An exhibition of items that France will return to Benin opens in Paris
The museum on the Parisian Quai Branly, named after Jacques Chirac, says goodbye to some of the artifacts from its collection.
The opening exhibition features exhibits that France is returning to Benin.
The Elysee Palace decided to grant in the end the petition of the state of Benin and return, albeit partially, the objects of art that belonged to this country.
Benin became a victim of the colonial war, which France started because Benin (and then the kingdom of Dahomey) had access to the ocean and a developed (for the 18th century) system of ports.
The Kingdom of Dahomey became the center of the slave trade for French merchants.
The sale of living goods brought in money, but robbery also brought in no less – today Parisian art critics believe that the French removed at least 80 percent of the objects of African art that existed then from Dahomey / Benin.
In total, as the curators have calculated, in the storerooms and the permanent exhibition of the Branly Museum there are 90 thousand artifacts, priceless for the Beninians themselves and for the entire African civilization, including, among other things, relics and signs of monarchical power that belonged to the royal family that ruled Dahomey. Paris is returning them.
Benin’s battle with France to reclaim the treasure lasted for several decades. And the authorities of the African country constantly received refusals. The last one dates back to March 2017 – Paris has officially announced that the issue of restitution is closed.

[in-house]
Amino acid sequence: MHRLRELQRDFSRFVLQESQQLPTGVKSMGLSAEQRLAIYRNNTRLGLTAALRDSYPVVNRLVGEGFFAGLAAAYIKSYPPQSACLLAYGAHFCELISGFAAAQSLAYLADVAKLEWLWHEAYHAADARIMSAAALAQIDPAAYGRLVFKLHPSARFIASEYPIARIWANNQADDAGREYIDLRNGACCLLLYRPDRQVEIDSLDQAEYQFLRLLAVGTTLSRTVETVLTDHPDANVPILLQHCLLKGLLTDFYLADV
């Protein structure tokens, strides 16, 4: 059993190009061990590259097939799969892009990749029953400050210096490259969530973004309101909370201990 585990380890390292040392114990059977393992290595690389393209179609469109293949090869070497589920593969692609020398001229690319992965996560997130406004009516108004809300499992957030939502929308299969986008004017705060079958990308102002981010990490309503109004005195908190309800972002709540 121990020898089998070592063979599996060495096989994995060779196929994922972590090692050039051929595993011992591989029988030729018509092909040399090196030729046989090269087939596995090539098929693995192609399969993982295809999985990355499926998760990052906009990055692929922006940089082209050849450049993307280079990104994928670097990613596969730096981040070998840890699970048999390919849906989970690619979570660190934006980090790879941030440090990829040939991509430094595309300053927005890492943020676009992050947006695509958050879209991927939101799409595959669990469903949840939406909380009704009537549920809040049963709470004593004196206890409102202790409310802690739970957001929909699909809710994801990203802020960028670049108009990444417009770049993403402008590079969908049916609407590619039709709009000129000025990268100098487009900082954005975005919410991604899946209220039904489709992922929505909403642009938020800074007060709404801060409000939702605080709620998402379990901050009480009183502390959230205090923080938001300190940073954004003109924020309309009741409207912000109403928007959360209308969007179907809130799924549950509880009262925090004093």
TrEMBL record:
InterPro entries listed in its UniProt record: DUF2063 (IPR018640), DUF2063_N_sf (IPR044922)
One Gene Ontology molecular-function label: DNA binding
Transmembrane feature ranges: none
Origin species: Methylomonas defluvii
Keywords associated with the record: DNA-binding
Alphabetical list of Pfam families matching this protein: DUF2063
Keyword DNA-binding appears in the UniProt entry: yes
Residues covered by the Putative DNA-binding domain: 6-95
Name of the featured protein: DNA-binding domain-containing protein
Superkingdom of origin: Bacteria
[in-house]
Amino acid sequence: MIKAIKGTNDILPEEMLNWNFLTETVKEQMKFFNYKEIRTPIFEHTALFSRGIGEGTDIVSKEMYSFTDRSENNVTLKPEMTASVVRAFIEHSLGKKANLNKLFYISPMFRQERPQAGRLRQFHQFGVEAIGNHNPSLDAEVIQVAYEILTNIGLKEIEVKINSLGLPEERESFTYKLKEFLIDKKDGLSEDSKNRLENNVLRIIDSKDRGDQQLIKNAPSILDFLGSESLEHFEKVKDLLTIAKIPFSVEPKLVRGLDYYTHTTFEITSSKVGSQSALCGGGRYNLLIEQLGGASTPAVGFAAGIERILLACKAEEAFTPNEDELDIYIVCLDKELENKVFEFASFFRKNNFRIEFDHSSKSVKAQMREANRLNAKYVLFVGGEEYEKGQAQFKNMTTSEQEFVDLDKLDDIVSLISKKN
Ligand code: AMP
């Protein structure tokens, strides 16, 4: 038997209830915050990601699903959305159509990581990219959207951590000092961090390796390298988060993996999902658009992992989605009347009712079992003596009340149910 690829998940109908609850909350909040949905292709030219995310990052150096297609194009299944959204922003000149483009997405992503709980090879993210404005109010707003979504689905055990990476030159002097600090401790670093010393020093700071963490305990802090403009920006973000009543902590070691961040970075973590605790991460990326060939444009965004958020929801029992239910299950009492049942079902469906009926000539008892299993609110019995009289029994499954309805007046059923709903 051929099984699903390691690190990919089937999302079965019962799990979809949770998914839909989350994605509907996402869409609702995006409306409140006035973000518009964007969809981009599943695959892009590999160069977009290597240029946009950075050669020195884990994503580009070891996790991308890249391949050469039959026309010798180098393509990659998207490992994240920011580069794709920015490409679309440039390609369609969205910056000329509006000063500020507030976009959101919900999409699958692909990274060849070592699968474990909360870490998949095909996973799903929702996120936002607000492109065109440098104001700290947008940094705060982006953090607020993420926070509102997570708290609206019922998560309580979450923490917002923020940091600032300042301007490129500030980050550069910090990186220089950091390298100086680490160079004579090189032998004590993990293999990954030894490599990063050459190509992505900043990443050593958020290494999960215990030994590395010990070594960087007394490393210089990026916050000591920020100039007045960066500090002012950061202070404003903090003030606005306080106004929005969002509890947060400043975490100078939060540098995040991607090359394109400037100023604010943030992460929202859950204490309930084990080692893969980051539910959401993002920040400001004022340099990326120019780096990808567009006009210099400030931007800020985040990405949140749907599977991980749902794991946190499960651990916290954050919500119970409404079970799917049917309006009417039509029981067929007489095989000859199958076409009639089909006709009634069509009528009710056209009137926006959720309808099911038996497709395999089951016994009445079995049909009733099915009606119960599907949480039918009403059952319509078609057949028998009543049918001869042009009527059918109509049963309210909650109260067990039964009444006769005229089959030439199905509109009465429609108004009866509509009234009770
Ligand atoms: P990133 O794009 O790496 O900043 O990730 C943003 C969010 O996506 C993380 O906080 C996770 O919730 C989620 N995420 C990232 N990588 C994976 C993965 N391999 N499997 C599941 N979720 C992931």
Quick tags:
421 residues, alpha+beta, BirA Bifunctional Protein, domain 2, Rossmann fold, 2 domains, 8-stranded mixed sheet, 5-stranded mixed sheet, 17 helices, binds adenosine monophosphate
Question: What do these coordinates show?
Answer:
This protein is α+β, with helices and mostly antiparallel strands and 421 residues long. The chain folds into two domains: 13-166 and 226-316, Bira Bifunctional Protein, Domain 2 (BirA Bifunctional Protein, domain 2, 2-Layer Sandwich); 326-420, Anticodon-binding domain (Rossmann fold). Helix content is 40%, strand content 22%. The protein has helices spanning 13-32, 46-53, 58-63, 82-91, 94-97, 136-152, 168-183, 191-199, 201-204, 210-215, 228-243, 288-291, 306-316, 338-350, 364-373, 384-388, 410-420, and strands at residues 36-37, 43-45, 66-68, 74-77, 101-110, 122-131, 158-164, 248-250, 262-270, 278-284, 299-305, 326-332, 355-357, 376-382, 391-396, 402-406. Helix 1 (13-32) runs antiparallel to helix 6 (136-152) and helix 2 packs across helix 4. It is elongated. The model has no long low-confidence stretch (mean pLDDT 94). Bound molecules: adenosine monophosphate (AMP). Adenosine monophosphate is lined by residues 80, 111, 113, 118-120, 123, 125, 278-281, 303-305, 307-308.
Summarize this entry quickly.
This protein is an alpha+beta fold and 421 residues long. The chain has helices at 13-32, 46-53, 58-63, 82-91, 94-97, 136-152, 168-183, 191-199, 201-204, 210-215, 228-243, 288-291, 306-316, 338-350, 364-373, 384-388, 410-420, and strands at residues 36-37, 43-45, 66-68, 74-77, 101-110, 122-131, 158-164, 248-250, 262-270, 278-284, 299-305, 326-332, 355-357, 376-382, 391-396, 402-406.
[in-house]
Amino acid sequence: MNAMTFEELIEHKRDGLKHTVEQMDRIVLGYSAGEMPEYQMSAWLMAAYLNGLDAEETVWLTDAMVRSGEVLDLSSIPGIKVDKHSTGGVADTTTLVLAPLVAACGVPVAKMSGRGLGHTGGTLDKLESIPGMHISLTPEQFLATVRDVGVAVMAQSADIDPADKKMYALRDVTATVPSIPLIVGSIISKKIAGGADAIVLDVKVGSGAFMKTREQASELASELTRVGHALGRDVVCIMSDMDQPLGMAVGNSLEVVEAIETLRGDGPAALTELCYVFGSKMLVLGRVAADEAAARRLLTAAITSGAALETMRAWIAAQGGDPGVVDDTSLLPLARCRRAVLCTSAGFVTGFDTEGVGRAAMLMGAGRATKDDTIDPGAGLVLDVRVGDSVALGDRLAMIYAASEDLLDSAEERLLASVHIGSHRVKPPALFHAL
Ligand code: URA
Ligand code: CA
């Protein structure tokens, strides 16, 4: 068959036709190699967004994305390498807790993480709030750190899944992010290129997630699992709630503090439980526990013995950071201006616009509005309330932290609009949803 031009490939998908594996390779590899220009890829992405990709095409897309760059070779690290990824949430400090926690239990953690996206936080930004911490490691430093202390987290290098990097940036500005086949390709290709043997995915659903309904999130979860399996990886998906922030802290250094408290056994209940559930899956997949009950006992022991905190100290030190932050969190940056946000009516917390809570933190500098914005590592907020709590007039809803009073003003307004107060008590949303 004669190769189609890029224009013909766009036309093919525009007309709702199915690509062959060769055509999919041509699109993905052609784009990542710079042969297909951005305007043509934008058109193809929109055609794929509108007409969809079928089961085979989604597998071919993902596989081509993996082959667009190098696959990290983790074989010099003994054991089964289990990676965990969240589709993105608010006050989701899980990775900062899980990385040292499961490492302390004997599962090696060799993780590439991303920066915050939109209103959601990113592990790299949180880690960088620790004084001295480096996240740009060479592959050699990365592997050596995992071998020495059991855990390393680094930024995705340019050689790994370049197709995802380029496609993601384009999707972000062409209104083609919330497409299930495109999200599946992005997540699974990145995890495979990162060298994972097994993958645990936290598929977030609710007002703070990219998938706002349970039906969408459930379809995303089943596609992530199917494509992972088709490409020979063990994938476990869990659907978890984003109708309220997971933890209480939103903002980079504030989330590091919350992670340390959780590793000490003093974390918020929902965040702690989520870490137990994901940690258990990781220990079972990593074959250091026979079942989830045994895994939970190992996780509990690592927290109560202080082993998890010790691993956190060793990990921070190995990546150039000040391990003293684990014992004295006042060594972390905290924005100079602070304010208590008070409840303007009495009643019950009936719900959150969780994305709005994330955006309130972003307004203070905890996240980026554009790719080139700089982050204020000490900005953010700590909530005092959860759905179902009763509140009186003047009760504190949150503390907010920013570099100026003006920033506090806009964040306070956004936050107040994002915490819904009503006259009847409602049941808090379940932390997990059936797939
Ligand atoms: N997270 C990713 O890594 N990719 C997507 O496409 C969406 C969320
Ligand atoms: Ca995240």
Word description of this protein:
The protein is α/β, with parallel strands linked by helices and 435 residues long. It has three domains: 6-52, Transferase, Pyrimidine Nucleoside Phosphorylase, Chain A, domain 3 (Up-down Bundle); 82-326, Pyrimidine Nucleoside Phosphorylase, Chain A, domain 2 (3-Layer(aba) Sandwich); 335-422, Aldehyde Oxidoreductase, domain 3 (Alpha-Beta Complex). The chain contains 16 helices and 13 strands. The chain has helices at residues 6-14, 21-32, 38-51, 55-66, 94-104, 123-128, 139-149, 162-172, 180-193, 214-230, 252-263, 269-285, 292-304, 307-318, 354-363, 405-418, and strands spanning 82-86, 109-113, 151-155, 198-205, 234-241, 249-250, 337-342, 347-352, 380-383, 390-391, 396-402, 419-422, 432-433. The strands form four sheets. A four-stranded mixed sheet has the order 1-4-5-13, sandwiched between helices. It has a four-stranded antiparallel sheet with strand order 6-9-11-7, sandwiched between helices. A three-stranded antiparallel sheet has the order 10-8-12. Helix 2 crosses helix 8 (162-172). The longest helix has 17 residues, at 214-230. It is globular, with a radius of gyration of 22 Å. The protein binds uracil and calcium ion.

Three years later, when Macron was already at the Elysee Palace, the authorities ordered a new report.
And on the basis of the conclusions it contained, France decided, albeit not too willingly, to start returning the loot.
The document itself points to an interesting circumstance: the authors believe that the Benin youth’s knowledge of their roots – and this, in turn, is possible mainly through the study of artifacts – will force young Beninians to relate to the history of the country in which they were born differently.
As the French press wrote at a time when the National Assembly was discussing a law according to which a small part of their relics would be returned to Benin, “such a step will force us to look into our own colonial past in order to give it a moral assessment.”
One way or another, this step by Paris creates a necessary precedent for the EU and Europe – when the moral imperative eventually prevails over petty political games.
The exhibition in Paris will close on October 31st, its exhibits will be packed, and will return to their homeland on a special flight.